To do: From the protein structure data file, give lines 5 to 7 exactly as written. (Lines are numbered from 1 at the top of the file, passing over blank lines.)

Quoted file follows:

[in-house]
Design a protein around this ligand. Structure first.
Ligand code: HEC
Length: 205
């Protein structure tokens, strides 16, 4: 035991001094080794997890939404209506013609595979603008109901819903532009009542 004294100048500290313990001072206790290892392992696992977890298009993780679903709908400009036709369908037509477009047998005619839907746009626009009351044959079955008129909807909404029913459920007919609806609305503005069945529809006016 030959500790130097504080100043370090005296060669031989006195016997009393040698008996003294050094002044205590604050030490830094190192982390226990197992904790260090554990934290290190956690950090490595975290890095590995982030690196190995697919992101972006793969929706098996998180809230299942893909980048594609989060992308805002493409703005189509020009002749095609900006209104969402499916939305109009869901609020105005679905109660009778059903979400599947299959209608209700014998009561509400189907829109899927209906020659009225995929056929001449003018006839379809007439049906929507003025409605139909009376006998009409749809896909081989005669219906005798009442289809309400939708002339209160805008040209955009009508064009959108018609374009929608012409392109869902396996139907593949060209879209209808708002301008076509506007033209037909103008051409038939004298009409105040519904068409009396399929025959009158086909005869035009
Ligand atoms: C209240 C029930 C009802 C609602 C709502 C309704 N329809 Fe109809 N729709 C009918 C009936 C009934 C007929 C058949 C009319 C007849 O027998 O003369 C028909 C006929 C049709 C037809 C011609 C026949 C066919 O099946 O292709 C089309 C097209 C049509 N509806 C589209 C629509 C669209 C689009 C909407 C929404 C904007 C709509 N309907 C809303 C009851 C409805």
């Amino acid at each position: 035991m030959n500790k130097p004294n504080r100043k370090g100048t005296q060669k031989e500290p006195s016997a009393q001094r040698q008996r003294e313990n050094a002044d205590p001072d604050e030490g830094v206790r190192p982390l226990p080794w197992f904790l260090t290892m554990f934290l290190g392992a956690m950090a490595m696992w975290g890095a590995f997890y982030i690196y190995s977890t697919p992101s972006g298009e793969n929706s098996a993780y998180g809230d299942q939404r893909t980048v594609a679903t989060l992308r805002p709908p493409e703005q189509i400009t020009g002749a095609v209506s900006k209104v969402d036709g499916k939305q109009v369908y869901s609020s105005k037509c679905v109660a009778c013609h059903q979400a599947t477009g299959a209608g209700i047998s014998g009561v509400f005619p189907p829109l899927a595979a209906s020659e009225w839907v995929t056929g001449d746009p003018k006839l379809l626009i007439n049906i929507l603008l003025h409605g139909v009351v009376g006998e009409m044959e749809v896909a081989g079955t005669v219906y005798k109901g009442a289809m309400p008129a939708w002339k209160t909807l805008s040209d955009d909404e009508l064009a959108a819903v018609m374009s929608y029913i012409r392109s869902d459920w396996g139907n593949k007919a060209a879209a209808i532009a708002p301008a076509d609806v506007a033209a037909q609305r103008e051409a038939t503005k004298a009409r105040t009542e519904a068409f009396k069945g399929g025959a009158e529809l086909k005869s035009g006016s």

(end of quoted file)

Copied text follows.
């Protein structure tokens, strides 16, 4: 035991001094080794997890939404209506013609595979603008109901819903532009009542 004294100048500290313990001072206790290892392992696992977890298009993780679903709908400009036709369908037509477009047998005619839907746009626009009351044959079955008129909807909404029913459920007919609806609305503005069945529809006016 030959500790130097504080100043370090005296060669031989006195016997009393040698008996003294050094002044205590604050030490830094190192982390226990197992904790260090554990934290290190956690950090490595975290890095590995982030690196190995697919992101972006793969929706098996998180809230299942893909980048594609989060992308805002493409703005189509020009002749095609900006209104969402499916939305109009869901609020105005679905109660009778059903979400599947299959209608209700014998009561509400189907829109899927209906020659009225995929056929001449003018006839379809007439049906929507003025409605139909009376006998009409749809896909081989005669219906005798009442289809309400939708002339209160805008040209955009009508064009959108018609374009929608012409392109869902396996139907593949060209879209209808708002301008076509506007033209037909103008051409038939004298009409105040519904068409009396399929025959009158086909005869035009
Ligand atoms: C209240 C029930 C009802 C609602 C709502 C309704 N329809 Fe109809 N729709 C009918 C009936 C009934 C007929 C058949 C009319 C007849 O027998 O003369 C028909 C006929 C049709 C037809 C011609 C026949 C066919 O099946 O292709 C089309 C097209 C049509 N509806 C589209 C629509 C669209 C689009 C909407 C929404 C904007 C709509 N309907 C809303 C009851 C409805």
């Amino acid at each position: 035991m030959n500790k130097p004294n504080r100043k370090g100048t005296q060669k031989e500290p006195s016997a009393q001094r040698q008996r003294e313990n050094a002044d205590p001072d604050e030490g830094v206790r190192p982390l226990p080794w197992f904790l260090t290892m554990f934290l290190g392992a956690m950090a490595m696992w975290g890095a590995f997890y982030i690196y190995s977890t697919p992101s972006g298009e793969n929706s098996a993780y998180g809230d299942q939404r893909t980048v594609a679903t989060l992308r805002p709908p493409e703005q189509i400009t020009g002749a095609v209506s900006k209104v969402d036709g499916k939305q109009v369908y869901s609020s105005k037509c679905v109660a009778c013609h059903q979400a599947t477009g299959a209608g209700i047998s014998g009561v509400f005619p189907p829109l899927a595979a209906s020659e009225w839907v995929t056929g001449d746009p003018k006839l379809l626009i007439n049906i929507l603008l003025h409605g139909v009351v009376g006998e009409m044959e749809v896909a081989g079955t005669v219906y005798k109901g009442a289809m309400p008129a939708w002339k209160t909807l805008s040209d955009d909404e009508l064009a959108a819903v018609m374009s929608y029913i012409r392109s869902d459920w396996g139907n593949k007919a060209a879209a209808i532009a708002p301008a076509d609806v506007a033209a037909q609305r103008e051409a038939t503005k004298a009409r105040t009542e519904a068409f009396k069945g399929g025959a009158e529809l086909k005869s035009g006016s």